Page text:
“Not too far from here, just before the police checkpoint to Nako and Kinnaur, there’s a shrine with a 500-year old mummified Tibetan monk. He died of starvation, asphyxiating while meditating. Best part is, you don’t need a special area permit to get there,” said Christian, a Belgian teacher, and a devout Buddhist, as we were sipping chai at the tables of the Tabo monastery’s guesthouse.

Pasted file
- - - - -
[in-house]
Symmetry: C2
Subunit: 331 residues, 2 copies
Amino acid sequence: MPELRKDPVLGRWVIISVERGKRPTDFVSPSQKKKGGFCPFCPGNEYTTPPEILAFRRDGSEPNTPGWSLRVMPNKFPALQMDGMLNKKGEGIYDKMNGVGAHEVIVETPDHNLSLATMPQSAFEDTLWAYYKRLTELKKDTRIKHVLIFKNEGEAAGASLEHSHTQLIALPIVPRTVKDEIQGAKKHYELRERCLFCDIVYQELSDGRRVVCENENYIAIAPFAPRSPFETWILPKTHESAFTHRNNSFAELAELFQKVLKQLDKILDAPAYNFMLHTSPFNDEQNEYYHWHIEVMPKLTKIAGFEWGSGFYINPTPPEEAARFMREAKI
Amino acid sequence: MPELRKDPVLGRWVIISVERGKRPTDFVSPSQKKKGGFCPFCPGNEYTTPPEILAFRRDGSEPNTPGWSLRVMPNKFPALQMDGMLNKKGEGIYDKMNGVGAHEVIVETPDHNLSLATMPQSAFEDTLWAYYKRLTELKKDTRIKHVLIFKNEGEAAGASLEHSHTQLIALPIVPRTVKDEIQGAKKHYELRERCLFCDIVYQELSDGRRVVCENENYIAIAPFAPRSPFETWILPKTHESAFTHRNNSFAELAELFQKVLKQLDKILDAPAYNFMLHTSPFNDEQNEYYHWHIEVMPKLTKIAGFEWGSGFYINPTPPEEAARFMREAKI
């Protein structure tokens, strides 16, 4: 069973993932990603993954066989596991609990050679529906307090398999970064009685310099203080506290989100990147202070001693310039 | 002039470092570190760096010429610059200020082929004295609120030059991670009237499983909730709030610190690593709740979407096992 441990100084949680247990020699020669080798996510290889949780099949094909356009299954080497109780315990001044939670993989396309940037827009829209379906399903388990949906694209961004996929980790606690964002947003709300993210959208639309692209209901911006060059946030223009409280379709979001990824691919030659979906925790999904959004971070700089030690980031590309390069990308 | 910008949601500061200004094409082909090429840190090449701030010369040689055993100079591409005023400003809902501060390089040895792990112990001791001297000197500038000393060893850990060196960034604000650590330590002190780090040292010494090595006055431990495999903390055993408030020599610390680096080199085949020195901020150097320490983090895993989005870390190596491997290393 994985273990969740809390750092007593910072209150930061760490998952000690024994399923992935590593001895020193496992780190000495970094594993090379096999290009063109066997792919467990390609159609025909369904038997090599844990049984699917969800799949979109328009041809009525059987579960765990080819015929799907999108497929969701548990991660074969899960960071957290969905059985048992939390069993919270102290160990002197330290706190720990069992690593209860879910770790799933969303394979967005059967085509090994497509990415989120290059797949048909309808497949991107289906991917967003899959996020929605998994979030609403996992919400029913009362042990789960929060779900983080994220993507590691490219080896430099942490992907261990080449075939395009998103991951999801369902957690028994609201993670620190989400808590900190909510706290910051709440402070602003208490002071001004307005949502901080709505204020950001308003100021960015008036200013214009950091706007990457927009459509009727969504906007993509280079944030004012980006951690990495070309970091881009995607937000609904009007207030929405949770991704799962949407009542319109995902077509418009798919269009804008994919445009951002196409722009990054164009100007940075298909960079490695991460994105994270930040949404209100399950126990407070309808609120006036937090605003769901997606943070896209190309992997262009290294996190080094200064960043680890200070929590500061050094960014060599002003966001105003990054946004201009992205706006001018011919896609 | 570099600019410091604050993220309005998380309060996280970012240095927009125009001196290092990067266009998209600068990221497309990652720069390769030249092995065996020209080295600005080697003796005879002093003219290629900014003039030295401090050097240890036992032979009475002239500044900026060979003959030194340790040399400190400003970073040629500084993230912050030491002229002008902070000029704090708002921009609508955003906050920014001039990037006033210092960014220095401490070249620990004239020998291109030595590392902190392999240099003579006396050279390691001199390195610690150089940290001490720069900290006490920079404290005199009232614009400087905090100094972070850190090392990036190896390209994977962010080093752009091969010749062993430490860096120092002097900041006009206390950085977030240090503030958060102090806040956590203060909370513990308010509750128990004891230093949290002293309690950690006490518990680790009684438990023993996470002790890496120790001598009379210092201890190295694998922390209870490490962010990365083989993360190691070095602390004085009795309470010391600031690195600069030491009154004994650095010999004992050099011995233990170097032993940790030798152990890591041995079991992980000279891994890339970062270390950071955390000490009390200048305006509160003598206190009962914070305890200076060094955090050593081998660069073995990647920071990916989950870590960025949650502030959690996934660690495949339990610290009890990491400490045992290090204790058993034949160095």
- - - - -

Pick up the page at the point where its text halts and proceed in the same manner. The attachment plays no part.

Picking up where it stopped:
We had met him a couple days before on the bus from Keylong to Kaza, the capital of Spiti Valley. Meaning “The Middle Land”, Spiti is one of the world’s most arid places; a high-altitude Himalayan desert valley that once was the middle passage between Tibet and the Kingdom of Ladakh. On its westernmost bend, the river that gives the valley its name turns southbound, marking the beginning of Kinnaur—another high-altitude basin traversed by the dangerous Hindustan-Tibet road, built by the British from 1850. When I saw Christian for the first time, his jacket tucked all the way up his chin, a light fog over his spectacles, he was passing the beads of a Buddhist rosary between his right thumb and index finger, one after the other, his lips reciting mute mantras. He had lived in New Delhi for ten years and spoke perfect Hindi: there was no reason why we shouldn’t trust his expert suggestions.